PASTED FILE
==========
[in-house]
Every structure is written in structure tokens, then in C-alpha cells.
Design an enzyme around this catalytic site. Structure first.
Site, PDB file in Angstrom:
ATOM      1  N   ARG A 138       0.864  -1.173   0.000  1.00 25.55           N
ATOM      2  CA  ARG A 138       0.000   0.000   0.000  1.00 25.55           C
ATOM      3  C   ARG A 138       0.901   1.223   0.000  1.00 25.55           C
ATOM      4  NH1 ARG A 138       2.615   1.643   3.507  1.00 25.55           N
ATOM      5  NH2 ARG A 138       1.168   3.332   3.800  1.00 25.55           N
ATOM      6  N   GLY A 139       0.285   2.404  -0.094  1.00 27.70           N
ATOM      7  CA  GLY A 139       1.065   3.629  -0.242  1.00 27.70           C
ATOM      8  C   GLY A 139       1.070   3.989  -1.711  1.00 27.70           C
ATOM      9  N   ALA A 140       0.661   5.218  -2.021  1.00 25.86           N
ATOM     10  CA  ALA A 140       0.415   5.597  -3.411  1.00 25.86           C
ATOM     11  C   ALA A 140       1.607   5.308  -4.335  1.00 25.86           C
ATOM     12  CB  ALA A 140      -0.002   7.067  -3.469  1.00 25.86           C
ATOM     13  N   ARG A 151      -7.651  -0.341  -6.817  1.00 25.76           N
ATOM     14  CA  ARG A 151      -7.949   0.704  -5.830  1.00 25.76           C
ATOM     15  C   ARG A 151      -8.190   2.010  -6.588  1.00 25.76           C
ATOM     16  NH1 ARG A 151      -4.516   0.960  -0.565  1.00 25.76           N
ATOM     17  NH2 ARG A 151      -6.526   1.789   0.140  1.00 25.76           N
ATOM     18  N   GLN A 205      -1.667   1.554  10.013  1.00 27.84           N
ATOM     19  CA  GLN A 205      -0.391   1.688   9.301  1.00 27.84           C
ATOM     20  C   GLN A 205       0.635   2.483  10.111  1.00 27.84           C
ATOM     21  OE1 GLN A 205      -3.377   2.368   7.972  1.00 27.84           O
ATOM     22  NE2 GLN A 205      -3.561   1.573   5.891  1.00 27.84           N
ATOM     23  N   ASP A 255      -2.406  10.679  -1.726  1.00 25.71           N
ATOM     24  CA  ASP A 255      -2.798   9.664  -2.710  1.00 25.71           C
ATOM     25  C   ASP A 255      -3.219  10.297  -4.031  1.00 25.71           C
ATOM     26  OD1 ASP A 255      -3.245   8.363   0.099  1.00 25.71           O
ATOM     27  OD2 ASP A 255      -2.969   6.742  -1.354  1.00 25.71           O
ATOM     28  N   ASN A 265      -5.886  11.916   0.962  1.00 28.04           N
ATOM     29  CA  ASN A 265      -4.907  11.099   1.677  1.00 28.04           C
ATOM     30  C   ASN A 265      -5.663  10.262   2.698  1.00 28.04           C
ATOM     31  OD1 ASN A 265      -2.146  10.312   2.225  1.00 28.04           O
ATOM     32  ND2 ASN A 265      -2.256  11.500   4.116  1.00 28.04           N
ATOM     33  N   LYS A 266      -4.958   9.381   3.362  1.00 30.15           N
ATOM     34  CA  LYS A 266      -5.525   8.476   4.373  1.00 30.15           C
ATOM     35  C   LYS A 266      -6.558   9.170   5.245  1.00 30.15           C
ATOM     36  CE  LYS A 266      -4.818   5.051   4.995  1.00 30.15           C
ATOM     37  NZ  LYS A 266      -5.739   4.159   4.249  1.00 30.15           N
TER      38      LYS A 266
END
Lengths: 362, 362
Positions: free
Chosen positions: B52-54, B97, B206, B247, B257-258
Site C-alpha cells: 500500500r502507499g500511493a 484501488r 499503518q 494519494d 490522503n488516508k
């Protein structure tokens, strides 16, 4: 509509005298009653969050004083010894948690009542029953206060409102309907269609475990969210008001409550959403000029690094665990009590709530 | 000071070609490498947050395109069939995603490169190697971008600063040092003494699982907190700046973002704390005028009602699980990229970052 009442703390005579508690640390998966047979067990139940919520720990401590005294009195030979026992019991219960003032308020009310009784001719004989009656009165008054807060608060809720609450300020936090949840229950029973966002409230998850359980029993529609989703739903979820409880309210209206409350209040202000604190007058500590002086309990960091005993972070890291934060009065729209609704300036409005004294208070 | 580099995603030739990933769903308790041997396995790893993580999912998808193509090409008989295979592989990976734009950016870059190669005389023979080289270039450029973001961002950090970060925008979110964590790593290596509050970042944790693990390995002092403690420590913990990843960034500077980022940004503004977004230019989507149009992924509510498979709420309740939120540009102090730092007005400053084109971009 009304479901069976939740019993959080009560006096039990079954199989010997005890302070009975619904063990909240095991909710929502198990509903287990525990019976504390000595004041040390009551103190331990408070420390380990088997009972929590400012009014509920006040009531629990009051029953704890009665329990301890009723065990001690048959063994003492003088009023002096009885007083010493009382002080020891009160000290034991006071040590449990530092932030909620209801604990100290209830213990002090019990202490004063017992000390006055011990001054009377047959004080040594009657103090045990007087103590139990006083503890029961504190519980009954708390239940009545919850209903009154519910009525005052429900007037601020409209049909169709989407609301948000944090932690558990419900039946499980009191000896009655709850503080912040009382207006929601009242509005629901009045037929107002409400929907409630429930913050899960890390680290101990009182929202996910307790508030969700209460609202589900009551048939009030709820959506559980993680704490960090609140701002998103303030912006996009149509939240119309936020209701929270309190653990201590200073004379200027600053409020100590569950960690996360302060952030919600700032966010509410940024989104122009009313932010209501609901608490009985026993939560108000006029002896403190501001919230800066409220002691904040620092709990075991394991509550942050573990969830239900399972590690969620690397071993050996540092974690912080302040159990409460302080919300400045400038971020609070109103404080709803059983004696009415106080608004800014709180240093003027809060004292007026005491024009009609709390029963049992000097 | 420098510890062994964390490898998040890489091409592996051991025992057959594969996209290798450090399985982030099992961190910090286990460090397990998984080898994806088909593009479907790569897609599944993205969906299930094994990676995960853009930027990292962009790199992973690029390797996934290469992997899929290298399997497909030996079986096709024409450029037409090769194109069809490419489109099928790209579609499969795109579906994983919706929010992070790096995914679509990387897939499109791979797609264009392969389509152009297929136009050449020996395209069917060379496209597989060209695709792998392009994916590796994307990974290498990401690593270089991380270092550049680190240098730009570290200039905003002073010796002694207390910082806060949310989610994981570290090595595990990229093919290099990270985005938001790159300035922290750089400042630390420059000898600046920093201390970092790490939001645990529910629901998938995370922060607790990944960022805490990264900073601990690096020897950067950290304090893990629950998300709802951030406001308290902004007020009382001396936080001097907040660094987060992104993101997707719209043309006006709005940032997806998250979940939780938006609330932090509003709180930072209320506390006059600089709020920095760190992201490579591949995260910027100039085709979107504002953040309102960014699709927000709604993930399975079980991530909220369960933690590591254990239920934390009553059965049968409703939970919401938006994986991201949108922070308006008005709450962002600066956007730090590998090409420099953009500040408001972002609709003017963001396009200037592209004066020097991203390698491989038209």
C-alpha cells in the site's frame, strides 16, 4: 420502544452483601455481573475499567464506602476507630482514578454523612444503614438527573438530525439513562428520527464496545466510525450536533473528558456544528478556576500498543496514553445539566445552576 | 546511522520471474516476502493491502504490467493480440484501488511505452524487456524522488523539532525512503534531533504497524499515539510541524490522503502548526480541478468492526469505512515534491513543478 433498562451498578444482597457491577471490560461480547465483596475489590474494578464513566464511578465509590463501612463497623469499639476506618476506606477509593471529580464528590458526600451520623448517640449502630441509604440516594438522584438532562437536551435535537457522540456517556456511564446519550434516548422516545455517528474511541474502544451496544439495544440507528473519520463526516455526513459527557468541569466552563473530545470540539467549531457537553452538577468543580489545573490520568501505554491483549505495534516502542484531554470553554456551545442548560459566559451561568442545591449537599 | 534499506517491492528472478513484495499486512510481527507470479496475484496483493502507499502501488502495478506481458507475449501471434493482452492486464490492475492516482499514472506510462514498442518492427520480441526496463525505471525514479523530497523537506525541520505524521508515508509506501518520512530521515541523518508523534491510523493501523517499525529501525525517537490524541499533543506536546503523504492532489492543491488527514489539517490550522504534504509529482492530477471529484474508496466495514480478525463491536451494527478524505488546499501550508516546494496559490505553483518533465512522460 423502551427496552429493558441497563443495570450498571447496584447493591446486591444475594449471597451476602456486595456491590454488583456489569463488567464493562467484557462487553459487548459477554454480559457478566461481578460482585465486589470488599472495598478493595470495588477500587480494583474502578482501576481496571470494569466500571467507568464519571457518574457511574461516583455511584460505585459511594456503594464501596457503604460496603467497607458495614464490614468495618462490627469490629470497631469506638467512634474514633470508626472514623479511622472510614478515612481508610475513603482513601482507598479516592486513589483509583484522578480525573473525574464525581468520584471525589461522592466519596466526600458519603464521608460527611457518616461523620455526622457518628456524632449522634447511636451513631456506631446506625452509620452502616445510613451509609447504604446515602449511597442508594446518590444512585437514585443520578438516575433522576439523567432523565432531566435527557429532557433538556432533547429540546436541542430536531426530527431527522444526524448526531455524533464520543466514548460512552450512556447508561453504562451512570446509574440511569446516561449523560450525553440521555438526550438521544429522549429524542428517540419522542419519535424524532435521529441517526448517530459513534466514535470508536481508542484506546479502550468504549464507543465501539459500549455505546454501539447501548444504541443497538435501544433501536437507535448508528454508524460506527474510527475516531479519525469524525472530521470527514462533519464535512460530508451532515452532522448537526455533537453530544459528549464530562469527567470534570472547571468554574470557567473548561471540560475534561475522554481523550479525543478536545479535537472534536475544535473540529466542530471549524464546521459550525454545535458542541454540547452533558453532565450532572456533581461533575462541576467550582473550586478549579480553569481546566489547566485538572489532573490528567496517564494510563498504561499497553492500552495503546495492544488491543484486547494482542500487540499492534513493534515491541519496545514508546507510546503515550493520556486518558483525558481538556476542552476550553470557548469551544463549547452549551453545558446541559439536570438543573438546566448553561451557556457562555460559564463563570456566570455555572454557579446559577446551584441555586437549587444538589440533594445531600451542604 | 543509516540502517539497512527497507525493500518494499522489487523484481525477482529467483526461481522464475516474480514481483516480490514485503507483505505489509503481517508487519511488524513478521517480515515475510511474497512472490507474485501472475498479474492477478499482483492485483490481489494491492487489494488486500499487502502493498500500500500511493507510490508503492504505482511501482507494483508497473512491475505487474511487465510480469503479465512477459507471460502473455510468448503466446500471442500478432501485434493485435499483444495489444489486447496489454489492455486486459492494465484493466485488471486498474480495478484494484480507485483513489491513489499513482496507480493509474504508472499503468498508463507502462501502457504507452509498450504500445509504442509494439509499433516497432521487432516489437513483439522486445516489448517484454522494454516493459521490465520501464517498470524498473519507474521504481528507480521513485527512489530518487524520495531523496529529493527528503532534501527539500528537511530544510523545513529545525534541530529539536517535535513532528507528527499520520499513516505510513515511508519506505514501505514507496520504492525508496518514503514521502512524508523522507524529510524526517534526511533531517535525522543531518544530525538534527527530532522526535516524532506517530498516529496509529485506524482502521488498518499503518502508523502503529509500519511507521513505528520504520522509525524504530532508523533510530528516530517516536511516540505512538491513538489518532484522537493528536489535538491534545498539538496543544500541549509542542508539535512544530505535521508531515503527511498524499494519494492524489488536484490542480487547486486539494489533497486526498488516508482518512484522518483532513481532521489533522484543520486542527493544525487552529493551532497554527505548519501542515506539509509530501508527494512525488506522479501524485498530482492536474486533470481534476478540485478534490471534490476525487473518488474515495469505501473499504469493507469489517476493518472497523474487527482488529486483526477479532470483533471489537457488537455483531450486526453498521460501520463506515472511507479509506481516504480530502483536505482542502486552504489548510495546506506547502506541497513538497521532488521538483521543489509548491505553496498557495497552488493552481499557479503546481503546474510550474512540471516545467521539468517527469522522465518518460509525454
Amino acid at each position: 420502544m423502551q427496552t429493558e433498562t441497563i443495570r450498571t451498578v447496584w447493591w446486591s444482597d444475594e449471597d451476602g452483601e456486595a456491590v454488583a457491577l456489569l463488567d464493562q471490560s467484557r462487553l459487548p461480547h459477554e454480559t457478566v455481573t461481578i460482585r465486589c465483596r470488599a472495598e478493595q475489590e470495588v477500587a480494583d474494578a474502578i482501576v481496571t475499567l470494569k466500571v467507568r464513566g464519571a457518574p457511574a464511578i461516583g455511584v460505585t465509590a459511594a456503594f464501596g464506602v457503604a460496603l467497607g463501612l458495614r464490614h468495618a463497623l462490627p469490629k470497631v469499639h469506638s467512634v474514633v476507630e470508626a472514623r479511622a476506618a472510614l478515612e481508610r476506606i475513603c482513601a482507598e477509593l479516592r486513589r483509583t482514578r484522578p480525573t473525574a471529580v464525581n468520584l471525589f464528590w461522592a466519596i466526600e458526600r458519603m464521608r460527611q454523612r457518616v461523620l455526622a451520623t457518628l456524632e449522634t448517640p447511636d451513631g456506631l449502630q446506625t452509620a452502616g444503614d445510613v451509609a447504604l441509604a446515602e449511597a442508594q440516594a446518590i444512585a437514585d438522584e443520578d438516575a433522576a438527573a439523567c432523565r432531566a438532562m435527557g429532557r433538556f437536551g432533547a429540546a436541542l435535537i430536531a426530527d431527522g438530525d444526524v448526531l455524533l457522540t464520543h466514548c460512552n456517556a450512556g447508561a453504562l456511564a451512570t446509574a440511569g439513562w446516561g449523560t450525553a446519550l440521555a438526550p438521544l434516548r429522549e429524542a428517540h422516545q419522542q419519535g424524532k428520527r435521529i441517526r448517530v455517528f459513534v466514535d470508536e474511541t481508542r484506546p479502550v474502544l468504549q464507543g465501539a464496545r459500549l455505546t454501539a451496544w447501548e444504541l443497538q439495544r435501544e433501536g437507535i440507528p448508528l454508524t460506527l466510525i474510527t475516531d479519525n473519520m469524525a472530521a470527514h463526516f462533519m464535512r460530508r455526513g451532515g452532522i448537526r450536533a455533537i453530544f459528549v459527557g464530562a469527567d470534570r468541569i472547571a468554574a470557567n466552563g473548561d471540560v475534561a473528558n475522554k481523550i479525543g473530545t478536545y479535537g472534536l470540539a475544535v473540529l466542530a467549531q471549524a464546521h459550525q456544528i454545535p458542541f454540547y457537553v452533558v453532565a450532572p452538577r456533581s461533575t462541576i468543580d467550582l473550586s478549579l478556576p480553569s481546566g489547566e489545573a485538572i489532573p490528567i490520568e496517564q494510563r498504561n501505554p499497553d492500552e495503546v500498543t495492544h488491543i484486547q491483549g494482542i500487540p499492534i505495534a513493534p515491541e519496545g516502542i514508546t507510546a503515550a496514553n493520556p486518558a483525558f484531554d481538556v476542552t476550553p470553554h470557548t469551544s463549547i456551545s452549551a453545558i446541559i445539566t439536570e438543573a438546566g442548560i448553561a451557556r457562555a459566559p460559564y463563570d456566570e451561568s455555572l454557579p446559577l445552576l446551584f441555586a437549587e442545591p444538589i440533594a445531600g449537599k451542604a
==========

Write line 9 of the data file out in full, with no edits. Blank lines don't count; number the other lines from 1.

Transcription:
ATOM      5  NH2 ARG A 138       1.168   3.332   3.800  1.00 25.55           N